by Niall Doherty

Below is a video recording of a speech I gave as part of a Toastmasters contest this past Monday. A text version follows.

One thing that saddens me is when people settle for less than their best. Much of the time it’s for no other reason than they believe that their best, if they were to give it, wouldn’t be good enough anyway.

I had a conversation with a friend recently and discovered she has a secret desire to become a published author some day. Now that surprised me. I’d known this girl for years and I never even knew she liked to write. As it turns out, she writes short stories quite frequently, but they usually end up in a drawer somewhere, unread by anyone but herself. Once she even took part in that National Novel Writing Month, where you try to write a 50,000 word novel from scratch in the month of November. My friend completed the challenge, actually wrote a 175-page novel in four week, but again, once she was done, she decided to hide the pages away in a drawer and not let anyone read them.

I listened to my friend tell me all this, and I asked her why she didn’t enter her stories in some competitions, or post them on the internet? How did she expect to become a published author if nobody ever got to read her stuff?

She replied that she didn’t feel her stories were good enough. She reads quite a lot herself, and couldn’t see her own stories and writing skills measuring up to the those of the pros.

Here’s a girl with all the intelligence and potential in the world, and she was telling me she believed her best simply wouldn’t be good enough. That saddens me. And the fact that there are sooo many people like her out there… well, that saddens me even more.

I’m lucky in that I was able to overcome such a limiting belief — the belief that my best isn’t good enough — and I’m so glad I did.

A little more than six months ago, I started this blog about personal development, which was kind of a ridiculous thing to do. Ridiculous because, if you Google the term “personal development blog,” you get back more than 50 million results. That means there are literally millions of other blogs out there on the same subject, many of them with huge followings and massive archives of great content. What made me think that I could carve out a niche for myself in such an already over-saturated market? What made me think that people would find and read my blog, and benefit from it? I mean, with all of those other blogs out there, you could assume that pretty much everything that ever needed to be said about personal development has already been said, said in hundreds of different ways and translated into languages that I’ve never even heard of.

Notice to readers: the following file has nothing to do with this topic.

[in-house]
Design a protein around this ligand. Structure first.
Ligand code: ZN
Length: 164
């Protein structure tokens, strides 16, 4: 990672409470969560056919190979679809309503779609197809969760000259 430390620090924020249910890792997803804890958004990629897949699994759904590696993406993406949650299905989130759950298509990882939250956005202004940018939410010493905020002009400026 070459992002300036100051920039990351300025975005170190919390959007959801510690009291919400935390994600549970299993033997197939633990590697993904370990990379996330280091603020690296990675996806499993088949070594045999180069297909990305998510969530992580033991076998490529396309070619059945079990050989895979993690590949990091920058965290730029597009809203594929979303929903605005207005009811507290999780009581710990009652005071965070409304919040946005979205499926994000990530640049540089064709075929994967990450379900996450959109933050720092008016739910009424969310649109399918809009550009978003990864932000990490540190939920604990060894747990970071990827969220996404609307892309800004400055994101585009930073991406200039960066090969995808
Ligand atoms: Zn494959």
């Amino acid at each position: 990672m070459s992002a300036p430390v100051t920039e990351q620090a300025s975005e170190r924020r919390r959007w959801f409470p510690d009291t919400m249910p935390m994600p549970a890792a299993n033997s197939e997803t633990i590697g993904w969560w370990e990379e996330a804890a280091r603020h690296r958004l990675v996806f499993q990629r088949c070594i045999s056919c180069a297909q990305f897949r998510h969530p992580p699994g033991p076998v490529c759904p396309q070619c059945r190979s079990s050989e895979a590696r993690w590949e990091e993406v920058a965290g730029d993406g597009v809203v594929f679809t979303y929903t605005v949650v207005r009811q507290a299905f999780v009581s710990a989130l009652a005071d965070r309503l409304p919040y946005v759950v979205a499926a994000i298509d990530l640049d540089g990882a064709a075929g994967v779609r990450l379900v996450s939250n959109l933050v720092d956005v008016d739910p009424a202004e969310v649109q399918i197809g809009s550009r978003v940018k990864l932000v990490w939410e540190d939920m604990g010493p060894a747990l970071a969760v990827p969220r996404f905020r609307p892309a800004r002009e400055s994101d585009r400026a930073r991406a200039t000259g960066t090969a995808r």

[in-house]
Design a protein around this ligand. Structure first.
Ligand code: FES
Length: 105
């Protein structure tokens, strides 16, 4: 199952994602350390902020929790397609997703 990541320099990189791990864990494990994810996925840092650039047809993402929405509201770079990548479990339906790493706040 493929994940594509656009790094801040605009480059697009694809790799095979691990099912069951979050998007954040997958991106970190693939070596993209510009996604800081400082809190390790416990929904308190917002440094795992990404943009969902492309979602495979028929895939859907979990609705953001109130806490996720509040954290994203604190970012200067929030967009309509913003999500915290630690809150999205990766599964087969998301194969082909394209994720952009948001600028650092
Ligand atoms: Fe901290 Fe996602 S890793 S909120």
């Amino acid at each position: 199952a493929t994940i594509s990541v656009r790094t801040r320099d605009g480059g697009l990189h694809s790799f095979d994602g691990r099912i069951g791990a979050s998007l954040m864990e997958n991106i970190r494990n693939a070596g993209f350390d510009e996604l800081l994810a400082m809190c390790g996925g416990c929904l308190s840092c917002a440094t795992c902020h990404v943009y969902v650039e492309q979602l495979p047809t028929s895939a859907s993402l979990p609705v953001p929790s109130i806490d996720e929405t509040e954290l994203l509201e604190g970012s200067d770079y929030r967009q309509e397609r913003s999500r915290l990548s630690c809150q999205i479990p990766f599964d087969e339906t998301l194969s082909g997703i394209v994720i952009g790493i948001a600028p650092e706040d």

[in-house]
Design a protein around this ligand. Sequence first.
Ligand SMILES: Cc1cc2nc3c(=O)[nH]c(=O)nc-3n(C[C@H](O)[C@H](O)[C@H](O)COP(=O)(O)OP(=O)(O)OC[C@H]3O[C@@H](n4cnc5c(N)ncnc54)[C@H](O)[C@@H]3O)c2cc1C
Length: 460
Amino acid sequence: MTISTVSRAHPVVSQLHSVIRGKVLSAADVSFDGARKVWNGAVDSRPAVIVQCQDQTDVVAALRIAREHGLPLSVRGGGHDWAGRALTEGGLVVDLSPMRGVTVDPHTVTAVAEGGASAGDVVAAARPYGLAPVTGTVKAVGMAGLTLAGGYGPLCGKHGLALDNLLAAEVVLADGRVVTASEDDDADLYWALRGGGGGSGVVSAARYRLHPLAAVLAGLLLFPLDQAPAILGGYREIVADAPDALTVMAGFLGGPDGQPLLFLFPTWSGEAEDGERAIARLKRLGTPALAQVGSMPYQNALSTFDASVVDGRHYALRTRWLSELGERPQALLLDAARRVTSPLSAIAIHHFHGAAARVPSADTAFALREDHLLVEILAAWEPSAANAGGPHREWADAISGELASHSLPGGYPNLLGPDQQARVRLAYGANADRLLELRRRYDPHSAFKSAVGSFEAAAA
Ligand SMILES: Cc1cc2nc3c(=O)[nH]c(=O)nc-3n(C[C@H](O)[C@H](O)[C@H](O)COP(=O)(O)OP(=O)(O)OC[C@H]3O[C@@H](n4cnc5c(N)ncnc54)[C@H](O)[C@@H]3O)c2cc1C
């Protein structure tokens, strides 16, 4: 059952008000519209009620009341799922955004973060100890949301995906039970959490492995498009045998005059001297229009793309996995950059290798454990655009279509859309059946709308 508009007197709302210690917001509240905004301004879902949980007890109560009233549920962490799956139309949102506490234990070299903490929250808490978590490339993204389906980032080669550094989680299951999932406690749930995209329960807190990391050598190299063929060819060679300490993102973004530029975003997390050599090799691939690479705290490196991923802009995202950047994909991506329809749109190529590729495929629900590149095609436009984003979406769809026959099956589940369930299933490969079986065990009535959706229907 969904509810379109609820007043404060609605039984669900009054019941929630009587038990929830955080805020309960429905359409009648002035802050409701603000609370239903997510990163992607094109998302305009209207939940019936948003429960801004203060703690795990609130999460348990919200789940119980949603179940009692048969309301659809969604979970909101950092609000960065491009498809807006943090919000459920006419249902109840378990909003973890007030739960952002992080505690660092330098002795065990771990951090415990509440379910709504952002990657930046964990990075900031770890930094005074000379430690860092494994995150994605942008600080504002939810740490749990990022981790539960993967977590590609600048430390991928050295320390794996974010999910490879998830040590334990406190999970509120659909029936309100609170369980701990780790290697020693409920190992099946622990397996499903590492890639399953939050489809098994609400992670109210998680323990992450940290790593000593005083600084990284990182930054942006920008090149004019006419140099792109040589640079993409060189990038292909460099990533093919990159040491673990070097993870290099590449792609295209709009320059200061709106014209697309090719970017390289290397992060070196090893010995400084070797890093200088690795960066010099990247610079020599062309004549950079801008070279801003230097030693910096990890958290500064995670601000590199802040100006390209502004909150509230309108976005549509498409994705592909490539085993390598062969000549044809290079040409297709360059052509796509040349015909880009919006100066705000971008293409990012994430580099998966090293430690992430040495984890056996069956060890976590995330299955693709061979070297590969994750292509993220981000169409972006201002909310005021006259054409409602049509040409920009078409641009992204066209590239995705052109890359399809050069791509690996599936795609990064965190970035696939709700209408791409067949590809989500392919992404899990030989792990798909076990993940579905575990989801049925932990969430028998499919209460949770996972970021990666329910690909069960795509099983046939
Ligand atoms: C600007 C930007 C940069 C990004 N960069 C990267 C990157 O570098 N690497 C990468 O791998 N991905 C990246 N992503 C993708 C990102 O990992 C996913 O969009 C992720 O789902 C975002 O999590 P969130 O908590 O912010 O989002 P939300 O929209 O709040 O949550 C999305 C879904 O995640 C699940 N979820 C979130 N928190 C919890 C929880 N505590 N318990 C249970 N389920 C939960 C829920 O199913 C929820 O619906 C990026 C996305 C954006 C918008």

Really, what the hell was I thinking, setting up a personal development blog?

Well, truth be told, I wasn’t thinking too much. I wasn’t worrying about the big picture. All that really mattered to me was that I loved personal development, and I wanted to help people. And so I started with that. I focused on sharing concepts that helped me and writing about my own experiments and experiences.

And you know what? These last six months have been fantastic. I’ve accelerated my own growth by forcing myself to research and write articles once a week, and I know for a fact that I’ve helped people and made their lives better, got them thinking in new ways and believing in themselves more. I’ve gotten feedback from people all over the world, folks thanking me for writing something that resonated with them, or challenged them in some positive way. One article I wrote resulted in a lengthy e-mail exchange with an old college friend, who had never been interested in personal development, but who is now setting lofty goals and striving to become a better version of himself.

What it all comes down to, is that I know I’m making a difference in people’s lives.

And it makes me wonder, what if I hadn’t set up my blog? what if I’d kept my passion for personal development to myself? what if I’d been scared to compete with those 50 million other blogs and decided not to bother?

Lots of folks would have missed out and I’d be feeling a lot less fulfilled, that’s what.

Now, I know I’m not the best personal development blogger out there, and I might never be… and I’m okay with that. What’s important though, is that I’m giving it my best shot. I realize that I don’t have to be the best in the world. I just have to be the best that I can be.

And when you think about it, everyone can be the best that they themselves can be. Personal greatness is within everyone’s grasp. The only person you have to compete with is yourself. Nobody else.

I’d like my friend, the secretive writer, to know this, too. She doesn’t have to be the best writer in the world. She just has to be the best writer she can be. If she strives for that, she’ll find an audience, she’ll make an impact by doing the thing she loves to do, and, most importantly, she won’t wake up some morning 50 years from now, filled with regret, wondering what her life would have been like if only she had followed her dream.

I’d like to leave you with this short poem, author unknown.

At God’s footstool, to confess,
A poor soul knelt and bowed his head.
“I failed,” he cried. The master said,
“Thou didst thy best. That is success.”